Nothing brings out the toxic part of your audience on YouTube or elsewhere quite like having the balls to call out problem behavior from those viewers that YouTubers are allegedly always supposed to kiss up to. The comments on this “me having cojones” discussion have been quite telling in terms of confirming what I already suspected about a demographic in my YouTube audience that is responsible for the most negative and toxic responses that I’ve gotten to my uploads over the last 10+ years.
The concepts discussed herein are quite simple. YouTube breaks from the mold as a video-hosting site, and that’s one of the reasons why it has done so well. Rather than operate like a server farm where you are renting storage for content, the site runs like a giant TV network following the usual business model of traditional media. Sell advertising, strike other commercial deals, and use the revenue from this to acquire and deliver content that draws people in, grows the audience/traffic/activity, which then lets them negotiate for better advertising revenue, etc. etc.
Ad blockers cut directly into that, and although I know why people use ad blockers, like pop-up malware and invasive advertising on certain websites, for a long time I thought the people using ad blockers on YouTube were trying to screw YouTube.
I was wrong – they are most likely screwing YouTubers instead.
As usual one can’t discern the inner workings of YouTube because that’s kept under wraps to keep people from knowing exactly how to play the system, nor can one talk about the money they make from YouTube ad revenue sharing per the terms of service, but without mentioning any actual earnings amounts some numbers in my channel’s own analytics for January have me thinking that ad blockers serve to help bury videos and ultimately hurt the YouTube channels that people allegedly support.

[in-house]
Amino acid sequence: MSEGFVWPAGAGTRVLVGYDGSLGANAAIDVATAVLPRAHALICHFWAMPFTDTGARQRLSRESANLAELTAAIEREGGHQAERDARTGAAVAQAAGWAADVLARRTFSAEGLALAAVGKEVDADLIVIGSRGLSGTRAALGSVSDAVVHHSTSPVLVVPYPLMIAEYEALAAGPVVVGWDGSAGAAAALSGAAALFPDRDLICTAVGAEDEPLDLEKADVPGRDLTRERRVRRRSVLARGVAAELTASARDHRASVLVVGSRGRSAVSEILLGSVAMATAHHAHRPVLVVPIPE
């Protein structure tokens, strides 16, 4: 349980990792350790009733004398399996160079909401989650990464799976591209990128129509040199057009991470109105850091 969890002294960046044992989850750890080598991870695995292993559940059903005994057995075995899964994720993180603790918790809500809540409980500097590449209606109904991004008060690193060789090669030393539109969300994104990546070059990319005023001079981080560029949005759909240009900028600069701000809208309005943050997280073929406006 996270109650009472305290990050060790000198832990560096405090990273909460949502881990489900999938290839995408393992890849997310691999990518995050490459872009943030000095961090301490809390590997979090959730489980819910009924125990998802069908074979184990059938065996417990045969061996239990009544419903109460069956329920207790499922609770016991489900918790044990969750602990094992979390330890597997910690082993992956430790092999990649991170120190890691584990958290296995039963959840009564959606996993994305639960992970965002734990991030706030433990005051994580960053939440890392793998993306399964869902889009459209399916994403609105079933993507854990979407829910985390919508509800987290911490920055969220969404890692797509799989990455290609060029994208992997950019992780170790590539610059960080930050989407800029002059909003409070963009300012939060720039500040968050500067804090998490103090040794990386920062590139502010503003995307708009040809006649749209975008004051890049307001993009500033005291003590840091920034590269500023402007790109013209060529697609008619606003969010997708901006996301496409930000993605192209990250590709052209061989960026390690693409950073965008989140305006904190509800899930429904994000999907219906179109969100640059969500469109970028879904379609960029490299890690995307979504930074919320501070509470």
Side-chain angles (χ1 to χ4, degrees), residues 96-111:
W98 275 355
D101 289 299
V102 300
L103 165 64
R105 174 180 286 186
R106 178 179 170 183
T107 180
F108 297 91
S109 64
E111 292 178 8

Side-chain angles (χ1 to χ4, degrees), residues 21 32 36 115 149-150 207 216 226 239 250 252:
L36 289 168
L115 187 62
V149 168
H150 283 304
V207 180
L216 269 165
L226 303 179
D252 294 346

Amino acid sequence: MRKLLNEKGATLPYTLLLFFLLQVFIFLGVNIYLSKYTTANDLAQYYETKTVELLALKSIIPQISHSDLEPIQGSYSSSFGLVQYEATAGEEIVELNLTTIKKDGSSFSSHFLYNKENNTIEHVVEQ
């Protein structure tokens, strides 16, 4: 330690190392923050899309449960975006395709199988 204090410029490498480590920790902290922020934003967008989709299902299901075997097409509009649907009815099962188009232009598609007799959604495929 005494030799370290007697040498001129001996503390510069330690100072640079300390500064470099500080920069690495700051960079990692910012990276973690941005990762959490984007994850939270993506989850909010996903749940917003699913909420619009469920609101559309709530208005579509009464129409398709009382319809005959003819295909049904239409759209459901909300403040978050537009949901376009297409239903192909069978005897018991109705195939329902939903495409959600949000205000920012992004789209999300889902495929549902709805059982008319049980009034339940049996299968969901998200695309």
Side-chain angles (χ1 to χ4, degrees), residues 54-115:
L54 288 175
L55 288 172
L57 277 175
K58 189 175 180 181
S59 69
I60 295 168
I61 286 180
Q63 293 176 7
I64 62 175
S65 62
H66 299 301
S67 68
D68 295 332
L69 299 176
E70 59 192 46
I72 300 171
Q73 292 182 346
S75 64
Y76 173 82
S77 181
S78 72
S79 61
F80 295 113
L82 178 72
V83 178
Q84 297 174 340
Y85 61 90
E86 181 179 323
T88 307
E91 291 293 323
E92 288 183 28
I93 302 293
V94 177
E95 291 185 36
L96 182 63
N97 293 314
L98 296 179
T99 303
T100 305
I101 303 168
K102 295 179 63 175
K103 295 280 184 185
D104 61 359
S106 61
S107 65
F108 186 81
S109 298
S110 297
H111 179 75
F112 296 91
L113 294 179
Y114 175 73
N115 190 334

First, let’s talk about 2016. The most viewed video was Windows 8 Vs. The Dellasaurus with ~42,000 views which put it over 100,000 views total – my first video to ever break that milestone. Yet despite all that activity the ad revenue was horrendous for the year compared to the #2 video on the views list – First Impressions Of The Magic Chef Portable Dryer. ~33,000 views and a ton more revenue. This continues with the #3 video. Geekhouse Laundry With The Magic Chef Portable Washer at ~32,000 views and the most ad revenue all year by quite the margin, but no dollar amounts of course. 🙂
Windows 8 Vs. The Dellasaurus, however, pales in comparison to Geekhouse Laundry in terms of watch minutes, the new standard for whether YouTube promotes a video or not. 145 grand versus 136 grand for the year, suggesting to me that Win8 Vs. The Dellasaurus’ recent success will be more of a flash in the pan. Lest we forget, Win8 vs. the Dellasaurus is from 2012. It took half a decade to get as popular as it is. The laundry videos were uploaded at the end of 2015 and are both at or approaching the 40k views mark, increasing faster than Dellasaurus did in the same time period.
Dellasaurus is a fluke, and so are its followups. For the most part the only tech videos on the Top 10 for the year are Dellasaurus videos – the sole exception being my response to the Tek Syndicate drama – so the tech videos actually making it into the rankings are riding the coattails of this megafluke known as the Dellasaurus.
I can confirm this with my recent experience with long streaks of tech videos. With all the hassling I get from people about how I should never ever ever ever make anything but tech videos, the flatlining view counts that hit about 300 maybe and then die tell a completely different story. It’s like nothing I do matters anymore when it comes to technology and YouTubing, even though I like technology and YouTubing.
The laundry videos, meanwhile, practically promote themselves. They also happen to smoke the crap out of all the tech videos in the top list for revenue. Coincidence? I think not.